What To Do In São Tomé and Príncipe
São Tomé and Príncipe (often called just "São Tomé" for short) is a small island nation off the Atlantic coast of Central Africa, located in the Gulf of Guinea, straddling the Equator, west of Gabon. Discovered and claimed by Portugal in the late 15th century, the islands' sugar-based economy gave way to coffee and cocoa in the 19th century -- all grown with plantation slave labor, a form of which lingered into the 20th century. Although independence was achieved in 1975, democratic reforms were not instituted until the late 1980s, and the first free elections were held in 1991.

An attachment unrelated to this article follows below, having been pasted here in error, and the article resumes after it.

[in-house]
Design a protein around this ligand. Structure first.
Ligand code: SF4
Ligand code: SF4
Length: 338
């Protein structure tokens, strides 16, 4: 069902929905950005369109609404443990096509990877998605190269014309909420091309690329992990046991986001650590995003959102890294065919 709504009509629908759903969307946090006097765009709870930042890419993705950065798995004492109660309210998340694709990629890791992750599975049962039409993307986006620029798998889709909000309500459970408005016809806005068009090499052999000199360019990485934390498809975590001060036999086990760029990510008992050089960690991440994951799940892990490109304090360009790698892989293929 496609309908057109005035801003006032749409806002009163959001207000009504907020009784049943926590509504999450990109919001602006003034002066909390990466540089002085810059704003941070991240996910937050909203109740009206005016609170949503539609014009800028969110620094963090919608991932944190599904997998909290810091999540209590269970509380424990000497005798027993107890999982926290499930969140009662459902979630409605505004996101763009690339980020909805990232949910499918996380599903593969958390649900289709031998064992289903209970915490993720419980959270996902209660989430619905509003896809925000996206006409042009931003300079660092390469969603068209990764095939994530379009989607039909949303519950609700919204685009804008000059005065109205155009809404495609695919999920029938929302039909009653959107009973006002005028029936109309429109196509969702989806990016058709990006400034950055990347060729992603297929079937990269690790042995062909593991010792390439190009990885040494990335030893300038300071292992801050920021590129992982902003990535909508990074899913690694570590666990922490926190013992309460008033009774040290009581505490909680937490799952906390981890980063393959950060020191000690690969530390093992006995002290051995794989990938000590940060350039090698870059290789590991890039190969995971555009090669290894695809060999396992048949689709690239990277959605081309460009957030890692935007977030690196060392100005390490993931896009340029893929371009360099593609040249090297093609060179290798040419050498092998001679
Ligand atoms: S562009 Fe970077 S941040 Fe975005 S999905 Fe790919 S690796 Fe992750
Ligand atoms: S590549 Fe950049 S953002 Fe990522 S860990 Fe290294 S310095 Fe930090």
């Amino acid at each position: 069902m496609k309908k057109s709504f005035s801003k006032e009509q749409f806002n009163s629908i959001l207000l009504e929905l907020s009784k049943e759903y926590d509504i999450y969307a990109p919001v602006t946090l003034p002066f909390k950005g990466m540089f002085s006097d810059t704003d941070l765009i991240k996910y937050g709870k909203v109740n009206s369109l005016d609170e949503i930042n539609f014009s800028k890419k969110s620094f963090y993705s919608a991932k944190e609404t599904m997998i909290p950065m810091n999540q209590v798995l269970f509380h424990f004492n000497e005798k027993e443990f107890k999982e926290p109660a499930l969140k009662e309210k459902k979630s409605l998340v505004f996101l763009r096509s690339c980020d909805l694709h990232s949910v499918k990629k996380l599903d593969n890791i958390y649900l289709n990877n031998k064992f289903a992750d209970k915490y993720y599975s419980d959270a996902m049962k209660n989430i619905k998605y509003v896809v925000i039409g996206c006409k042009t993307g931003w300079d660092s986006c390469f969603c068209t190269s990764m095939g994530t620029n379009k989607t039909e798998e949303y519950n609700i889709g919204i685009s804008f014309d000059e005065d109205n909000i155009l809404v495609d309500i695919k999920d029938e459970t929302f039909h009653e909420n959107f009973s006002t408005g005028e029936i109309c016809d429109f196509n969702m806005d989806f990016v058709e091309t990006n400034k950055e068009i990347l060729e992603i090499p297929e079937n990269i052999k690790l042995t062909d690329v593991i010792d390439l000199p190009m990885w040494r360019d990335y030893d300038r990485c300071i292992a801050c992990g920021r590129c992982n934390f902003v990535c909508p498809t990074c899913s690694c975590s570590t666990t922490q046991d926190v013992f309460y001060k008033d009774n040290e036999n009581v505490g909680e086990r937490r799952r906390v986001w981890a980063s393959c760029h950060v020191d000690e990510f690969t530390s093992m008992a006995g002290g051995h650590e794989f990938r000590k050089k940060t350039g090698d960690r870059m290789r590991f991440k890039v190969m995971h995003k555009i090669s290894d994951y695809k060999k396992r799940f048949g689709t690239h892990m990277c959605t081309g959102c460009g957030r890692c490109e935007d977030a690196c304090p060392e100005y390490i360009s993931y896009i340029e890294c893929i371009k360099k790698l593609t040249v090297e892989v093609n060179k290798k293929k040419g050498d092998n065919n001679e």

Safety is not an issue in São Tomé and Príncipe, though the roadway traffic is hazardous as in other parts of Africa. Violent crime in public is almost unheard of. However, with an increase in tourism, there has been an increase in crime against tourists. Road blocks near Santana have been reported, as well as scams targetting tourists in the main city.
Malaria is extremely common and sometimes lethal, making malaria prophylaxis, bed netting, and mosquito repellent essential for the traveler. Water must be boiled before drinking, or purchased and consumed from bottles.